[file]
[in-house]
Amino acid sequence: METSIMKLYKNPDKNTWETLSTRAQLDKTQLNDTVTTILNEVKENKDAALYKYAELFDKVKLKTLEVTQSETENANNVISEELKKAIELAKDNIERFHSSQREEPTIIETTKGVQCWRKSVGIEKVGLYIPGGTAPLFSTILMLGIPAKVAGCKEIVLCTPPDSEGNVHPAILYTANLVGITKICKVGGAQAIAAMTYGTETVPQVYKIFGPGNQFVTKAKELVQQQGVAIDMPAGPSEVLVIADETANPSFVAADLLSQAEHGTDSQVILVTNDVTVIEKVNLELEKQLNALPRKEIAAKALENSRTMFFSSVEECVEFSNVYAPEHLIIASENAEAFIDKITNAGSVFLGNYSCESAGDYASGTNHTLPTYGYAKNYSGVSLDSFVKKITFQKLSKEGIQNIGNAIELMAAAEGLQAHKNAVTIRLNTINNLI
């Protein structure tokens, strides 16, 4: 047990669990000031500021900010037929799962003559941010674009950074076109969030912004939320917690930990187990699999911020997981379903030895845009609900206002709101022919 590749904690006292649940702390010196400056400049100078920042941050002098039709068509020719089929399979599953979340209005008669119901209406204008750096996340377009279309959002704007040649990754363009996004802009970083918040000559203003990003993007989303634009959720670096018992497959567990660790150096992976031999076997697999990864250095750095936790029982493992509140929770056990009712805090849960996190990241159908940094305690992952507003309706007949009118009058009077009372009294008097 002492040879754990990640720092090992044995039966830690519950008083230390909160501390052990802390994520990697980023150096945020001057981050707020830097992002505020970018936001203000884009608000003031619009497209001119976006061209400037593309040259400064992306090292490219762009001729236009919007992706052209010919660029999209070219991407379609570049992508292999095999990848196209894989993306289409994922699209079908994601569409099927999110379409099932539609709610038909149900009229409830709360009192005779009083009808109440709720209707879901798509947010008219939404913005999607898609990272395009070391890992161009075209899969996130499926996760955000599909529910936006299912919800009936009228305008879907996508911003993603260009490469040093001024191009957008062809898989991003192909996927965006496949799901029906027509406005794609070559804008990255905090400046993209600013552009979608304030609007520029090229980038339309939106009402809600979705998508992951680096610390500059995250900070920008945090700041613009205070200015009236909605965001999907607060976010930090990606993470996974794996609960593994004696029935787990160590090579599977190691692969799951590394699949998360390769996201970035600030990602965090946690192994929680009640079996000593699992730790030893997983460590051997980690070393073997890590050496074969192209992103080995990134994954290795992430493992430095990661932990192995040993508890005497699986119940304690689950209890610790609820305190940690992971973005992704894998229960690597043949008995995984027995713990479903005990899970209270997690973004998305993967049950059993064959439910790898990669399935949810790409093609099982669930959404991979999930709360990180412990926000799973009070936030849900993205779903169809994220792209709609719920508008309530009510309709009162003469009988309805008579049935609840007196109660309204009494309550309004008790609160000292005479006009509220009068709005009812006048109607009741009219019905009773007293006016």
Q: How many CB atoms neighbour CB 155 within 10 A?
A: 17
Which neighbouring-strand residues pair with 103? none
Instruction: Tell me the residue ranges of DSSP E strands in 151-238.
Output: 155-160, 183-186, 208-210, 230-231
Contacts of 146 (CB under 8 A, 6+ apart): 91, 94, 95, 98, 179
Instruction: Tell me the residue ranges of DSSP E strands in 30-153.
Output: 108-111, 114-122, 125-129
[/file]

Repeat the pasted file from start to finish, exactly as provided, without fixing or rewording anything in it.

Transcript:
[in-house]
Amino acid sequence: METSIMKLYKNPDKNTWETLSTRAQLDKTQLNDTVTTILNEVKENKDAALYKYAELFDKVKLKTLEVTQSETENANNVISEELKKAIELAKDNIERFHSSQREEPTIIETTKGVQCWRKSVGIEKVGLYIPGGTAPLFSTILMLGIPAKVAGCKEIVLCTPPDSEGNVHPAILYTANLVGITKICKVGGAQAIAAMTYGTETVPQVYKIFGPGNQFVTKAKELVQQQGVAIDMPAGPSEVLVIADETANPSFVAADLLSQAEHGTDSQVILVTNDVTVIEKVNLELEKQLNALPRKEIAAKALENSRTMFFSSVEECVEFSNVYAPEHLIIASENAEAFIDKITNAGSVFLGNYSCESAGDYASGTNHTLPTYGYAKNYSGVSLDSFVKKITFQKLSKEGIQNIGNAIELMAAAEGLQAHKNAVTIRLNTINNLI
């Protein structure tokens, strides 16, 4: 047990669990000031500021900010037929799962003559941010674009950074076109969030912004939320917690930990187990699999911020997981379903030895845009609900206002709101022919 590749904690006292649940702390010196400056400049100078920042941050002098039709068509020719089929399979599953979340209005008669119901209406204008750096996340377009279309959002704007040649990754363009996004802009970083918040000559203003990003993007989303634009959720670096018992497959567990660790150096992976031999076997697999990864250095750095936790029982493992509140929770056990009712805090849960996190990241159908940094305690992952507003309706007949009118009058009077009372009294008097 002492040879754990990640720092090992044995039966830690519950008083230390909160501390052990802390994520990697980023150096945020001057981050707020830097992002505020970018936001203000884009608000003031619009497209001119976006061209400037593309040259400064992306090292490219762009001729236009919007992706052209010919660029999209070219991407379609570049992508292999095999990848196209894989993306289409994922699209079908994601569409099927999110379409099932539609709610038909149900009229409830709360009192005779009083009808109440709720209707879901798509947010008219939404913005999607898609990272395009070391890992161009075209899969996130499926996760955000599909529910936006299912919800009936009228305008879907996508911003993603260009490469040093001024191009957008062809898989991003192909996927965006496949799901029906027509406005794609070559804008990255905090400046993209600013552009979608304030609007520029090229980038339309939106009402809600979705998508992951680096610390500059995250900070920008945090700041613009205070200015009236909605965001999907607060976010930090990606993470996974794996609960593994004696029935787990160590090579599977190691692969799951590394699949998360390769996201970035600030990602965090946690192994929680009640079996000593699992730790030893997983460590051997980690070393073997890590050496074969192209992103080995990134994954290795992430493992430095990661932990192995040993508890005497699986119940304690689950209890610790609820305190940690992971973005992704894998229960690597043949008995995984027995713990479903005990899970209270997690973004998305993967049950059993064959439910790898990669399935949810790409093609099982669930959404991979999930709360990180412990926000799973009070936030849900993205779903169809994220792209709609719920508008309530009510309709009162003469009988309805008579049935609840007196109660309204009494309550309004008790609160000292005479006009509220009068709005009812006048109607009741009219019905009773007293006016």
Q: How many CB atoms neighbour CB 155 within 10 A?
A: 17
Which neighbouring-strand residues pair with 103? none
Instruction: Tell me the residue ranges of DSSP E strands in 151-238.
Output: 155-160, 183-186, 208-210, 230-231
Contacts of 146 (CB under 8 A, 6+ apart): 91, 94, 95, 98, 179
Instruction: Tell me the residue ranges of DSSP E strands in 30-153.
Output: 108-111, 114-122, 125-129